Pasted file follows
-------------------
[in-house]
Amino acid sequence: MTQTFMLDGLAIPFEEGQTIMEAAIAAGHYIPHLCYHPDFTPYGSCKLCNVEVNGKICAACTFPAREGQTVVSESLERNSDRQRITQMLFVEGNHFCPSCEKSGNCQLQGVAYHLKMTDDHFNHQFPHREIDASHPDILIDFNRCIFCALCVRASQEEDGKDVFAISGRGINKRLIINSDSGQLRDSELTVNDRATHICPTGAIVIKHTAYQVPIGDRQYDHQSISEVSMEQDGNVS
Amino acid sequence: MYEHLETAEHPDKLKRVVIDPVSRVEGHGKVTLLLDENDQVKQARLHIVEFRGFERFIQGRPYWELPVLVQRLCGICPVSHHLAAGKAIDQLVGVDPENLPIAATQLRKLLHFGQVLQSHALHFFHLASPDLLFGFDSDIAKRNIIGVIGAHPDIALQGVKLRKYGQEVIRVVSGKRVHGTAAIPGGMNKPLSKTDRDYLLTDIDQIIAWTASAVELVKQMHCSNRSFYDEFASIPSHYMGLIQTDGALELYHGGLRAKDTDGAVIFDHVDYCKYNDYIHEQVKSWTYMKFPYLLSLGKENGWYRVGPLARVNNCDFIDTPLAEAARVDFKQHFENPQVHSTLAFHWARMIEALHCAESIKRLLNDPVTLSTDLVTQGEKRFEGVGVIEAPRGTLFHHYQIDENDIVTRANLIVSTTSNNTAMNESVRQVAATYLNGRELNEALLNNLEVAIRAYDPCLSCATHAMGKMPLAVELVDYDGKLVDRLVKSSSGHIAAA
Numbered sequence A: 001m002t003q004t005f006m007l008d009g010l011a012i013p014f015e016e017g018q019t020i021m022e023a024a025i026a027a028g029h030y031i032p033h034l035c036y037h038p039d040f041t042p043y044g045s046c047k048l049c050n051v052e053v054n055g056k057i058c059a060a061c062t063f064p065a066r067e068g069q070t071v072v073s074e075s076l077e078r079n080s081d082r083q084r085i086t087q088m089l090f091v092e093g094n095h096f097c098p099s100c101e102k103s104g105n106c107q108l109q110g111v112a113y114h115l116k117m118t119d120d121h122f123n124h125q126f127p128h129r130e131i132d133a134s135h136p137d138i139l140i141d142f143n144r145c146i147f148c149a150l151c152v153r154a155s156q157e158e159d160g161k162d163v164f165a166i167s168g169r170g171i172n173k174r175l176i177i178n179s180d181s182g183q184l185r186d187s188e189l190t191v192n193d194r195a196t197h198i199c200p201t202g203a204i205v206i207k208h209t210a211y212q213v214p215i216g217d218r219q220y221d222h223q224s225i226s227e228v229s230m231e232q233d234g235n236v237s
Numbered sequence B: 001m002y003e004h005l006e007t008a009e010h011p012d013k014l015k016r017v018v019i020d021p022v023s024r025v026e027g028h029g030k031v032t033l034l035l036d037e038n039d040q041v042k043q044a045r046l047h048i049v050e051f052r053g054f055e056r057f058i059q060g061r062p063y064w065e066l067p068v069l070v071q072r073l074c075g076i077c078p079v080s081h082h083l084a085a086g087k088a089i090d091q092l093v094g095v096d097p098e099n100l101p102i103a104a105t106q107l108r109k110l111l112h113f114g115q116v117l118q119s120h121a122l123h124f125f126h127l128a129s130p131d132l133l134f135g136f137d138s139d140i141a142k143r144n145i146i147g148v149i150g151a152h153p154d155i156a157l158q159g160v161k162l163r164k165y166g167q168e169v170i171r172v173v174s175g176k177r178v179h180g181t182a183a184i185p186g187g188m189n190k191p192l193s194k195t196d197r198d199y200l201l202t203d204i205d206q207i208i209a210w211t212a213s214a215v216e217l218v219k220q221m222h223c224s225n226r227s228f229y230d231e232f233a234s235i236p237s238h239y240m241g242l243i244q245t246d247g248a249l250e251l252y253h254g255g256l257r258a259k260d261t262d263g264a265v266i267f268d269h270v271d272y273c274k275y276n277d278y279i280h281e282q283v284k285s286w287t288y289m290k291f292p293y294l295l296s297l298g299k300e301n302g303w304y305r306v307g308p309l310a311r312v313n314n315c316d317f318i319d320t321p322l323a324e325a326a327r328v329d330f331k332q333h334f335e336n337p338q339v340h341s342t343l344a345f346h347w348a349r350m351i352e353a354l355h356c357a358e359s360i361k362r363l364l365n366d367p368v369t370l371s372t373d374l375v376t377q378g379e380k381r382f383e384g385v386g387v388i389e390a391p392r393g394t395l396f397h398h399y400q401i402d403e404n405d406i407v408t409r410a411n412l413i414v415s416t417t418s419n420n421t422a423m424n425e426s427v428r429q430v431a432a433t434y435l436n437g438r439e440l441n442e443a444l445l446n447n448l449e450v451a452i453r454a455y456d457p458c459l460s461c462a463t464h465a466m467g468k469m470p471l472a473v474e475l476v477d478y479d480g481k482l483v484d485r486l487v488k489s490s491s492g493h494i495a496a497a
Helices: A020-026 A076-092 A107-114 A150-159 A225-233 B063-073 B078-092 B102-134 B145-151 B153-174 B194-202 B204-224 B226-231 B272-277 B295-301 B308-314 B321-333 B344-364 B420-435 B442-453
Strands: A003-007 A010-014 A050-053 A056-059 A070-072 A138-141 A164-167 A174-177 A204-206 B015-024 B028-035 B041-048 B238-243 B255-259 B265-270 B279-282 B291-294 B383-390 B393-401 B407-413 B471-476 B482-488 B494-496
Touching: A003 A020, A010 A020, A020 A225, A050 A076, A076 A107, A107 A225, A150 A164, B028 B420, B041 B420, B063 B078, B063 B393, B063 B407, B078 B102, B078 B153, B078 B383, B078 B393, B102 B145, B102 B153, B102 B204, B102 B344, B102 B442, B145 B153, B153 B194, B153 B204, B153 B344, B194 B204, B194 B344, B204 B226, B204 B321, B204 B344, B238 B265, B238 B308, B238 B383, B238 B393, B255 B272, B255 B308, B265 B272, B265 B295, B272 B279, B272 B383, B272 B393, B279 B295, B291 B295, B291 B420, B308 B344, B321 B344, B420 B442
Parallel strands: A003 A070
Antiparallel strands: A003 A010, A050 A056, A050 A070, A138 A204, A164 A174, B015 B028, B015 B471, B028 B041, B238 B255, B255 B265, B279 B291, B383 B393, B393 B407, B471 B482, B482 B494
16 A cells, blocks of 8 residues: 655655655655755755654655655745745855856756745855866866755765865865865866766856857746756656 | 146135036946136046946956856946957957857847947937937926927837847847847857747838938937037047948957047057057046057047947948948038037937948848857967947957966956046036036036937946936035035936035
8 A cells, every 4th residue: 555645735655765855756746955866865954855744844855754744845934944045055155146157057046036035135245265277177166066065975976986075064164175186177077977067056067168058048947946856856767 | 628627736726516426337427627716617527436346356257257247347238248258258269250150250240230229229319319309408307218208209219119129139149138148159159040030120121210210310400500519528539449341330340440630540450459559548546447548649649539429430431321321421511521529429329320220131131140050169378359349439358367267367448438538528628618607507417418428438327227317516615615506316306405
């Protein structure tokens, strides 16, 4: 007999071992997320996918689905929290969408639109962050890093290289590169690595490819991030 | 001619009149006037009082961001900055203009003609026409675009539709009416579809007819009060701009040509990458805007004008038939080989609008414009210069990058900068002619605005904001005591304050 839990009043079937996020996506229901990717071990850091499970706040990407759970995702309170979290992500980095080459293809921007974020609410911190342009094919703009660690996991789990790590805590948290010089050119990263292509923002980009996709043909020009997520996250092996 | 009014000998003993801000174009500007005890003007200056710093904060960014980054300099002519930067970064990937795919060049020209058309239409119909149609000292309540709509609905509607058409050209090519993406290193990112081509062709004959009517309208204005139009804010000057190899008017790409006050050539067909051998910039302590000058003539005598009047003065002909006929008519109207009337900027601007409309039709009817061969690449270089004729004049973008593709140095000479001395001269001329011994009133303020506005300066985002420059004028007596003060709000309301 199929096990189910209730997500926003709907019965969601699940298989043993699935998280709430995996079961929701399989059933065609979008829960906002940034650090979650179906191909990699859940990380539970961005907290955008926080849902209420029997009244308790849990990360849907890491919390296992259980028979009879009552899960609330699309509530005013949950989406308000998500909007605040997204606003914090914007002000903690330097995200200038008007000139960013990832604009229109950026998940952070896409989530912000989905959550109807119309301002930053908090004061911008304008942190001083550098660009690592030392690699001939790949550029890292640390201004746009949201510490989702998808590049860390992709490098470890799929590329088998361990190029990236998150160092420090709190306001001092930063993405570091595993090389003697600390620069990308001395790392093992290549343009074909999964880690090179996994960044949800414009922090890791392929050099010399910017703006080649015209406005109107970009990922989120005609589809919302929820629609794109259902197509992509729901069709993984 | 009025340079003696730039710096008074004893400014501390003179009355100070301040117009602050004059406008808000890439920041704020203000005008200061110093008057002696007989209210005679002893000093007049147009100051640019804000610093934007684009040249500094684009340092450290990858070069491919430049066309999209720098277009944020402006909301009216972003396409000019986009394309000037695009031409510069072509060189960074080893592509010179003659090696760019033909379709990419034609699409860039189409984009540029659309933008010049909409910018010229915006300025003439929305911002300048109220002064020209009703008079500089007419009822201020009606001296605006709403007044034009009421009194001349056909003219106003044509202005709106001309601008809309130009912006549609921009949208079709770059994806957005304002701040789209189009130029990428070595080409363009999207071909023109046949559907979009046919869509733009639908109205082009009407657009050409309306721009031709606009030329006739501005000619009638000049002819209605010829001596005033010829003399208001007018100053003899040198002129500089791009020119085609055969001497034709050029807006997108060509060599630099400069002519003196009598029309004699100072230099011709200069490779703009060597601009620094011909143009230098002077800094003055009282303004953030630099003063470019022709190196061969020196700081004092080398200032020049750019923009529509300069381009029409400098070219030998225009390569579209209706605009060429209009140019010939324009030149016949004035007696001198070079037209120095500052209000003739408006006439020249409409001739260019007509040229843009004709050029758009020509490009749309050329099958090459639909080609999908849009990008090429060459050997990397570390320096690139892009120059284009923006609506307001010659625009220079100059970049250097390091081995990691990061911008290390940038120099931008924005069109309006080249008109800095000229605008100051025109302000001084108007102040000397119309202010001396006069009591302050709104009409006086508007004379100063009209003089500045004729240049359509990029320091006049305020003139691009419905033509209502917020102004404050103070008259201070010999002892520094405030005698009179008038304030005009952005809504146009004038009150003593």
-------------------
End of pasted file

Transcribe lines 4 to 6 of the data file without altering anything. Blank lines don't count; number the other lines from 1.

Numbered sequence A: 001m002t003q004t005f006m007l008d009g010l011a012i013p014f015e016e017g018q019t020i021m022e023a024a025i026a027a028g029h030y031i032p033h034l035c036y037h038p039d040f041t042p043y044g045s046c047k048l049c050n051v052e053v054n055g056k057i058c059a060a061c062t063f064p065a066r067e068g069q070t071v072v073s074e075s076l077e078r079n080s081d082r083q084r085i086t087q088m089l090f091v092e093g094n095h096f097c098p099s100c101e102k103s104g105n106c107q108l109q110g111v112a113y114h115l116k117m118t119d120d121h122f123n124h125q126f127p128h129r130e131i132d133a134s135h136p137d138i139l140i141d142f143n144r145c146i147f148c149a150l151c152v153r154a155s156q157e158e159d160g161k162d163v164f165a166i167s168g169r170g171i172n173k174r175l176i177i178n179s180d181s182g183q184l185r186d187s188e189l190t191v192n193d194r195a196t197h198i199c200p201t202g203a204i205v206i207k208h209t210a211y212q213v214p215i216g217d218r219q220y221d222h223q224s225i226s227e228v229s230m231e232q233d234g235n236v237s
Numbered sequence B: 001m002y003e004h005l006e007t008a009e010h011p012d013k014l015k016r017v018v019i020d021p022v023s024r025v026e027g028h029g030k031v032t033l034l035l036d037e038n039d040q041v042k043q044a045r046l047h048i049v050e051f052r053g054f055e056r057f058i059q060g061r062p063y064w065e066l067p068v069l070v071q072r073l074c075g076i077c078p079v080s081h082h083l084a085a086g087k088a089i090d091q092l093v094g095v096d097p098e099n100l101p102i103a104a105t106q107l108r109k110l111l112h113f114g115q116v117l118q119s120h121a122l123h124f125f126h127l128a129s130p131d132l133l134f135g136f137d138s139d140i141a142k143r144n145i146i147g148v149i150g151a152h153p154d155i156a157l158q159g160v161k162l163r164k165y166g167q168e169v170i171r172v173v174s175g176k177r178v179h180g181t182a183a184i185p186g187g188m189n190k191p192l193s194k195t196d197r198d199y200l201l202t203d204i205d206q207i208i209a210w211t212a213s214a215v216e217l218v219k220q221m222h223c224s225n226r227s228f229y230d231e232f233a234s235i236p237s238h239y240m241g242l243i244q245t246d247g248a249l250e251l252y253h254g255g256l257r258a259k260d261t262d263g264a265v266i267f268d269h270v271d272y273c274k275y276n277d278y279i280h281e282q283v284k285s286w287t288y289m290k291f292p293y294l295l296s297l298g299k300e301n302g303w304y305r306v307g308p309l310a311r312v313n314n315c316d317f318i319d320t321p322l323a324e325a326a327r328v329d330f331k332q333h334f335e336n337p338q339v340h341s342t343l344a345f346h347w348a349r350m351i352e353a354l355h356c357a358e359s360i361k362r363l364l365n366d367p368v369t370l371s372t373d374l375v376t377q378g379e380k381r382f383e384g385v386g387v388i389e390a391p392r393g394t395l396f397h398h399y400q401i402d403e404n405d406i407v408t409r410a411n412l413i414v415s416t417t418s419n420n421t422a423m424n425e426s427v428r429q430v431a432a433t434y435l436n437g438r439e440l441n442e443a444l445l446n447n448l449e450v451a452i453r454a455y456d457p458c459l460s461c462a463t464h465a466m467g468k469m470p471l472a473v474e475l476v477d478y479d480g481k482l483v484d485r486l487v488k489s490s491s492g493h494i495a496a497a
Helices: A020-026 A076-092 A107-114 A150-159 A225-233 B063-073 B078-092 B102-134 B145-151 B153-174 B194-202 B204-224 B226-231 B272-277 B295-301 B308-314 B321-333 B344-364 B420-435 B442-453